Once upon a time, terms like ‘congestion charge’ or ‘Low Emission Zone’ were associated almost exclusively with our capital city, London – within the UK of course. However, with air quality in our cities considered a serious public health risk, the Government’s Clean Air Strategy was implemented in 2019 to address the issue UK wide, leading to other cities being required to introduce their own measures to help curb vehicle emissions throughout the UK.
Roughly a third of nitrogen dioxide (NOx) pollution comes from road vehicles, with up to 80% of this coming from local road traffic so this is of course an immediate priority for local authorities. As such, many UK cities have implemented, or are in the process of implementing, Clean Air Zones (CAZs), most recently Birmingham who introduced theirs on 1st June 2021 after their plans were set back by the COVID-19 pandemic. Bristol and Portsmouth are set to follow suit in October and November, respectively, with many other cities due to impose their Clean Air Zones in 2022.
Local authorities have been met with some resistance from local people and businesses when proposing their plans for CAZs, mostly due to the charges that will be incurred by drivers who are regular users of routes within a CAZ. Nevertheless, there is countless evidence that CAZs are effective in reducing air pollution within local areas and the introduction of these in major cities throughout the UK is definitely a great start in improving public health.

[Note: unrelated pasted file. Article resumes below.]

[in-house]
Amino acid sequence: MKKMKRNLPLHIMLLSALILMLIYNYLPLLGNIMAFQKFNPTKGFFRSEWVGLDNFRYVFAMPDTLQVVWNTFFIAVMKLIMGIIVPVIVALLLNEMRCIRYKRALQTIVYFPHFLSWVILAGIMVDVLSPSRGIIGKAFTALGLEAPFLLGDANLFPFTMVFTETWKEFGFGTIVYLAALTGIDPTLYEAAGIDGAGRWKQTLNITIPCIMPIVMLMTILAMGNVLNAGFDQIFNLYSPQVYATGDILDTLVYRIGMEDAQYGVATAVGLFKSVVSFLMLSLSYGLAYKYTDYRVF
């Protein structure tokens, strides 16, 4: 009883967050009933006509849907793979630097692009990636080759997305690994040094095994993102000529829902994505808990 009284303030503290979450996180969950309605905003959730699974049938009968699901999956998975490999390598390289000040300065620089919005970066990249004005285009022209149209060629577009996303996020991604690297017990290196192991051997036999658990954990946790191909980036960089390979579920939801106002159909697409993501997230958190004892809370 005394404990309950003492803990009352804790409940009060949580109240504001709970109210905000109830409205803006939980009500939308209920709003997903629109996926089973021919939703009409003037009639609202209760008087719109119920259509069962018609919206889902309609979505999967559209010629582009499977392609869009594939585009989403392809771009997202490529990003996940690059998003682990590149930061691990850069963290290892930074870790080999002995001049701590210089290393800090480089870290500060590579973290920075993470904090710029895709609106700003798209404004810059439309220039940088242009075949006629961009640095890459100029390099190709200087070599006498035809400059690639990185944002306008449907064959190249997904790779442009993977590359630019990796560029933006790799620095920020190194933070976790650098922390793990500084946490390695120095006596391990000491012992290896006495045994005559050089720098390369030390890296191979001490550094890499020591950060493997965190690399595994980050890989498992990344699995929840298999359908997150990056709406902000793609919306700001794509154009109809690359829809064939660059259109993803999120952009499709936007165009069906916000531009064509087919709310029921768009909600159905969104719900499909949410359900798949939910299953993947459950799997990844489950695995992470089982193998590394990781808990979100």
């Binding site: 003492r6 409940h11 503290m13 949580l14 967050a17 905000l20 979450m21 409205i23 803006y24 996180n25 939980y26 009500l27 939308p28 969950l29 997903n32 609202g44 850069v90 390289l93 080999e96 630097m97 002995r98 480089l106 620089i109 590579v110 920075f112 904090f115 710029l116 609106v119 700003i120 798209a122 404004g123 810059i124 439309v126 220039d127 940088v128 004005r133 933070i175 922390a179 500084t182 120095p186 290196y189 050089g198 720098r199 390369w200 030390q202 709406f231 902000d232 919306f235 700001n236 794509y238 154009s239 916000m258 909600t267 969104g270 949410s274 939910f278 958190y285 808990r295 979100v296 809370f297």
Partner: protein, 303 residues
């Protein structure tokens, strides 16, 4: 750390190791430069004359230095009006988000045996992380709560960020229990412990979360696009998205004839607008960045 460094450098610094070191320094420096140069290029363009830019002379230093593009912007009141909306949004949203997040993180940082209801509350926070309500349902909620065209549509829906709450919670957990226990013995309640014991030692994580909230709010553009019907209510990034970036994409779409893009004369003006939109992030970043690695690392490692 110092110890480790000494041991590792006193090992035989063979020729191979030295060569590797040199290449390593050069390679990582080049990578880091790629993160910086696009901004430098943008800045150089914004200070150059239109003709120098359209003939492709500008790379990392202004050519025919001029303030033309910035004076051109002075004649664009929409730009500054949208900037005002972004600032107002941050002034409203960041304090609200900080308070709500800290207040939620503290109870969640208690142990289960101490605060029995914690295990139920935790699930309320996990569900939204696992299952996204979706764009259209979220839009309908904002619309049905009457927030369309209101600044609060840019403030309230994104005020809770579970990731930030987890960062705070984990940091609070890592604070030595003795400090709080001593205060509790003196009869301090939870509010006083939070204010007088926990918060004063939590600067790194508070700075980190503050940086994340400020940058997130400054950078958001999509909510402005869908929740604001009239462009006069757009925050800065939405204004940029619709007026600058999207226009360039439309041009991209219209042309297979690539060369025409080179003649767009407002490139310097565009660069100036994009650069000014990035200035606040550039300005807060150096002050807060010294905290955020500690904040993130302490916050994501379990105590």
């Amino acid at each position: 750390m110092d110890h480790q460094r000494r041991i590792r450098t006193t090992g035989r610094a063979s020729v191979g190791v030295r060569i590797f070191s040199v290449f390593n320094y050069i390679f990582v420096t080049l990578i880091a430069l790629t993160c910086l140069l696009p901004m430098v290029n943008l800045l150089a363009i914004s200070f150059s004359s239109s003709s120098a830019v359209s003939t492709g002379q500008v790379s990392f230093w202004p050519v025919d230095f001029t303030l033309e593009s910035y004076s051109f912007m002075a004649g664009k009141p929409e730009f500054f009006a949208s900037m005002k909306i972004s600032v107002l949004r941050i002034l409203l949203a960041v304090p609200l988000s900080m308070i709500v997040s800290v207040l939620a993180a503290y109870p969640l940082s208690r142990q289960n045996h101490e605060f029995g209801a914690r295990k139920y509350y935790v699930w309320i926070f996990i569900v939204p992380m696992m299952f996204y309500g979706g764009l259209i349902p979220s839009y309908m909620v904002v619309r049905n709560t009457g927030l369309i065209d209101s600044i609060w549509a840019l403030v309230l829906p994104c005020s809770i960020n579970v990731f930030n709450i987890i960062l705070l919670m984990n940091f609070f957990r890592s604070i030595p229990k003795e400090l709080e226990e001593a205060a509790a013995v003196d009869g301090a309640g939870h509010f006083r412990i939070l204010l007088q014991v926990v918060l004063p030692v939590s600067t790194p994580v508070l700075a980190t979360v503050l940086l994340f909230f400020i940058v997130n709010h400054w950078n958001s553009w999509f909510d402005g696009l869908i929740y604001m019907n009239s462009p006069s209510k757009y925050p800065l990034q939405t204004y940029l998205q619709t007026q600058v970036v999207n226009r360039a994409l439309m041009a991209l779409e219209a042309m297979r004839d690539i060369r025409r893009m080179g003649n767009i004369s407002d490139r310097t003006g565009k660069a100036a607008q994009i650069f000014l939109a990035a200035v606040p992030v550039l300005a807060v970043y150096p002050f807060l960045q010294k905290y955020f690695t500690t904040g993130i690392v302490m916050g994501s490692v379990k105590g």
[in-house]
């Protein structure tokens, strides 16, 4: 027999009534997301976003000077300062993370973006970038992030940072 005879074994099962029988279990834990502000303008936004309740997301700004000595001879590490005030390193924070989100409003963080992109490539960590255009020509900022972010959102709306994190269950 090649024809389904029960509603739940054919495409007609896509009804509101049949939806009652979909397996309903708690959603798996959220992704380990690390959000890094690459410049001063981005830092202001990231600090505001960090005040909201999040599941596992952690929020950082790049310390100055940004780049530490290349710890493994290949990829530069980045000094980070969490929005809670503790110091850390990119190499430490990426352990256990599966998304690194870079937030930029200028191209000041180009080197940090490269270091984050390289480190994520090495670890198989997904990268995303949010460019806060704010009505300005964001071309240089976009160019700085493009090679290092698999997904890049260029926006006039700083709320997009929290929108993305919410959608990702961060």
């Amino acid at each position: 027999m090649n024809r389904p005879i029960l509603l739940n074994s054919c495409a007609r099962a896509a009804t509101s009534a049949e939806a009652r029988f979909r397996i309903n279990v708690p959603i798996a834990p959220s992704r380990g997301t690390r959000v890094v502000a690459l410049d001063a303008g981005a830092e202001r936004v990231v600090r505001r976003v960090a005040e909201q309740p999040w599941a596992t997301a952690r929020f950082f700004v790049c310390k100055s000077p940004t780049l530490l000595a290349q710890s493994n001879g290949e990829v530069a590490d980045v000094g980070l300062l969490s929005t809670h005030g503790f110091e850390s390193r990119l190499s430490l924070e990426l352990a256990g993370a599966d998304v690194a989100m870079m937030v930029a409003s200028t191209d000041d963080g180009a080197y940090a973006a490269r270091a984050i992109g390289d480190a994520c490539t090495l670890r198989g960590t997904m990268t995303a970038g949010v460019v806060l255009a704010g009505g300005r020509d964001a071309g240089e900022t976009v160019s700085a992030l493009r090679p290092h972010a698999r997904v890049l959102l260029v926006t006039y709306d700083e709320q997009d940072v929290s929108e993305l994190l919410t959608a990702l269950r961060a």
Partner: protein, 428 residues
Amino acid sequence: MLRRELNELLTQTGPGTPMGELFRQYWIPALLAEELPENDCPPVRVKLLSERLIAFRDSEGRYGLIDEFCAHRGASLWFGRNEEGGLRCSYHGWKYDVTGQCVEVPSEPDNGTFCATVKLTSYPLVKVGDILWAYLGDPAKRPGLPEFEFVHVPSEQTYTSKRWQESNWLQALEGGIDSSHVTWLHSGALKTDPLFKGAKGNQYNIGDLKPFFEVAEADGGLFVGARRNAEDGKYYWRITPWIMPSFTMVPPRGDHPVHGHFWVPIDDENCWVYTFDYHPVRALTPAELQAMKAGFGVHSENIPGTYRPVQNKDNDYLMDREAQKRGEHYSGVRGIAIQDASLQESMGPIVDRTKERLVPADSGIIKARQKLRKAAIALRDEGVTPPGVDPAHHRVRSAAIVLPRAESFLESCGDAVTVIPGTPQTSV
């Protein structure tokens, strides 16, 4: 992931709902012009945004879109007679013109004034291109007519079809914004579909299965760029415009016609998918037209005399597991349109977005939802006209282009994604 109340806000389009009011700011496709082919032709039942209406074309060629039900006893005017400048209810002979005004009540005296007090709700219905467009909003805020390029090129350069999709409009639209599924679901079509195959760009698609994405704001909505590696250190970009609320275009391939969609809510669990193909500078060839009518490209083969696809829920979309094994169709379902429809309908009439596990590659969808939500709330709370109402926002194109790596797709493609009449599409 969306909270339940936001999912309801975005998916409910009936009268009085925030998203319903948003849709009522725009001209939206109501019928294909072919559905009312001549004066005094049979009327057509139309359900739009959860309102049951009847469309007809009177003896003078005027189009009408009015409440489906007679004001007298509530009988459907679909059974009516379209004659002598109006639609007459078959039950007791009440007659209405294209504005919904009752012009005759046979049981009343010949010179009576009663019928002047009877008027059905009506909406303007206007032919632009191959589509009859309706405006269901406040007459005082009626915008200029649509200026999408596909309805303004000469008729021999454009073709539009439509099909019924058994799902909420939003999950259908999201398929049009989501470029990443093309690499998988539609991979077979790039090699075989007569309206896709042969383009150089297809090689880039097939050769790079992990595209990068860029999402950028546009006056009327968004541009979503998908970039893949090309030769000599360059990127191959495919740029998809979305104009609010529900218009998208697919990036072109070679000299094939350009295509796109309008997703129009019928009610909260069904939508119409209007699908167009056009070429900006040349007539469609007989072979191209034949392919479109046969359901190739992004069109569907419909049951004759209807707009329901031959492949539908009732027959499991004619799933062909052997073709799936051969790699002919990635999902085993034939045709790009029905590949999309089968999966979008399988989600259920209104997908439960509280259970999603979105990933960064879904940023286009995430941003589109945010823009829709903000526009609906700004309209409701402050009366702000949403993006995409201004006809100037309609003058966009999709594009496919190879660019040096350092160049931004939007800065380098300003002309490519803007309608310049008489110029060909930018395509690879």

However, vehicle emissions are not solely responsible for the poor air quality in our cities and there is a lot more that needs to be done before risk is reduced. Even with a reduction in air pollution, CAZs do not completely solve the problem of clean air indoors. Of course, outdoor air pollution can make its way indoors, but as most of us spend the majority of our time indoors, it is important to remember other causes of poor air quality inside buildings.
Even furnishings within buildings and the very material they are built of, along with activities conducted within them can contribute to poor indoor air quality, something that will not be changed by improving outdoor air quality. This coupled with poor ventilation and there is a high risk of Sick Building Syndrome (SBS) which is real threat to public health.
So, what can be done? To ensure air quality is at a healthy level, building ventilation systems should be cleaned, maintained and tested regularly in accordance with regulations so fresh air supply is not compromised and building’s inhabitants are not exposed to harmful airborne contaminants.
System Hygienics offer air quality testing as a standalone solution or as part of our Complete Compliance Package, with each bespoke package including an in-depth audit and survey to prove the cleanliness and safety of your entire HVAC system. So, if you want to be sure your indoor ventilation is up to scratch and air quality is satisfactory, get in touch on 01323 481170 or email firstname.lastname@example.org to find out more about our ventilation hygiene services.